Trump Puts Ky. AG Daniel Cameron On Potential Supreme Court List

Sep 10, 2020

President Donald Trump has announced 20 people he'd consider to be on the U.S Supreme Court if he has to fill another vacancy, and among them is first-term Kentucky Attorney General Daniel Cameron.

Cameron is 34 years old and the first Black person to independently hold statewide office in Kentucky. He is a protégé of Senate Majority Leader Mitch McConnell and worked as general counsel in his Senate office.

Trump's announcement reprises a tactic from his 2016 campaign when he provided a list of potential justices amid controversy over a Supreme Court vacancy.

"Should there be another vacancy on the Supreme Court during my presidency, my nominee will come from the names I have shared with the American public, including the original list and these 20 additions," Trump said on Wednesday.

Cameron has rocketed to public prominence over the last year — becoming the first Republican Kentucky attorney general since the 1940s and speaking at the Republican National Convention last month.

Trump also endorsed Cameron when he came to Kentucky last fall to stump for the state's Republican slate of statewide candidates.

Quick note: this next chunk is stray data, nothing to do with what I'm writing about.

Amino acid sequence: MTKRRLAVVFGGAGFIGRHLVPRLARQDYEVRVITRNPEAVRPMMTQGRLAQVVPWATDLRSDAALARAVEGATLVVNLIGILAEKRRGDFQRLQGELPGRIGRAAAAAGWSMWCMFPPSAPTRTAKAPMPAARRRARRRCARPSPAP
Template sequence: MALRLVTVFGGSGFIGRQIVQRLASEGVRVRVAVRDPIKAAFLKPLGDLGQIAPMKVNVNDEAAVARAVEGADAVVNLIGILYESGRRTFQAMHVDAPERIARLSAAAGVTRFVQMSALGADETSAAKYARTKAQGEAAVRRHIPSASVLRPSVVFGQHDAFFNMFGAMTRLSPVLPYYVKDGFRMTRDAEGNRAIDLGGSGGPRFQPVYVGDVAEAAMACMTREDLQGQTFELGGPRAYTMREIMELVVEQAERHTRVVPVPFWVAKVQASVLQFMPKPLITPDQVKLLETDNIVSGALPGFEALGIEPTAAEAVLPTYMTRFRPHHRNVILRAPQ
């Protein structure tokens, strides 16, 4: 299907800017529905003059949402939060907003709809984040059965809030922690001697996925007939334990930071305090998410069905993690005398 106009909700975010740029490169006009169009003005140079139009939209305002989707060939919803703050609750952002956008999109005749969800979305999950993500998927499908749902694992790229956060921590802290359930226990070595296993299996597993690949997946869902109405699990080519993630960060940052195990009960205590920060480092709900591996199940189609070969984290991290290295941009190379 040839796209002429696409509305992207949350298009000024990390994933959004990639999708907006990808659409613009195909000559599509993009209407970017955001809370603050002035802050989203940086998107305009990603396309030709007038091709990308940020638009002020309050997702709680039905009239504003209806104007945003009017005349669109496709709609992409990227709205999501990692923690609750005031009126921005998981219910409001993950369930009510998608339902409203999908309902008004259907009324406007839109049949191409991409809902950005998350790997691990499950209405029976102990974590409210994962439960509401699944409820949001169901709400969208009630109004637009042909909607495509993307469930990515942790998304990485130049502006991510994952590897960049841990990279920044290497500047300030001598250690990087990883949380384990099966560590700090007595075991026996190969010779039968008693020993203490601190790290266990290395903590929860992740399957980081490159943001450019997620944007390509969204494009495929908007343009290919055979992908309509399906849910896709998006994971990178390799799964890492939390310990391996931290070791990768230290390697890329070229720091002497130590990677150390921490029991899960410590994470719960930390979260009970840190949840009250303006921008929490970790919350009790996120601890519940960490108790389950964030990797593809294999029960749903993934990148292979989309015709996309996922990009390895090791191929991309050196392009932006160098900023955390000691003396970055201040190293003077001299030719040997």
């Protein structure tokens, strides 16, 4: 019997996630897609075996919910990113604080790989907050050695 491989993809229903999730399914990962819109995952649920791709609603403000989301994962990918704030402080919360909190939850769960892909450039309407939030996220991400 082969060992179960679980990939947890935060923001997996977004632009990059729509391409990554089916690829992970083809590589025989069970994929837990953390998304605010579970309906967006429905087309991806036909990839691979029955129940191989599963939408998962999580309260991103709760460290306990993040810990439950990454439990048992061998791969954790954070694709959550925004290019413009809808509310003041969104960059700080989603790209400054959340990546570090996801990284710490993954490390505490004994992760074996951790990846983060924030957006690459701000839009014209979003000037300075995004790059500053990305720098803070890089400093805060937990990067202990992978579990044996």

Cameron is also overseeing the investigation into the death of Breonna Taylor, which has dragged on since May.

In a statement, Cameron's wrote that he was honored to be mentioned by the president.

"I remain focused on serving the people of Kentucky and delivering on my promise to tackle child abuse, human trafficking, the drug epidemic, and other public safety challenges throughout the Commonwealth," Cameron wrote.

"Over the last several years, President Trump and Leader McConnell have worked together to confirm more than 200 federal judges, transforming our judiciary and ensuring the rule of law is upheld for generations."

Shortly after Trump's announcement, Cameron released a statement over Twitter about the investigation into Taylor's death, which has drawn intense speculation.

"When the investigation concludes and a decision is made, we will provide an update about an announcement. The news will come from our office and not unnamed sources. Until that time, the investigation remains ongoing," Cameron wrote.

Cameron grew up in Elizabethtown and played football at the University of Louisville, graduating with degrees in political science and law.

Cameron worked for McConnell in the Senate from 2015 until 2017, helping oversee the U.S. Supreme confirmation process of now-Justice Neil Gorsuch.

He moved to Louisville and practiced law at Frost Brown Todd until he ran for attorney general in 2019.

As majority leader of the Senate, McConnell has been a key player in Trump's nomination of federal judges. In 2016, McConnell refused to consider President Obama's nominee to the Supreme Court — Merrick Garland —holding it open during the presidential campaign.

Since Trump's election McConnell has prioritized confirming federal judges and justices. As of this summer, Trump has appointed nearly 200 federal judges with lifetime appointments.

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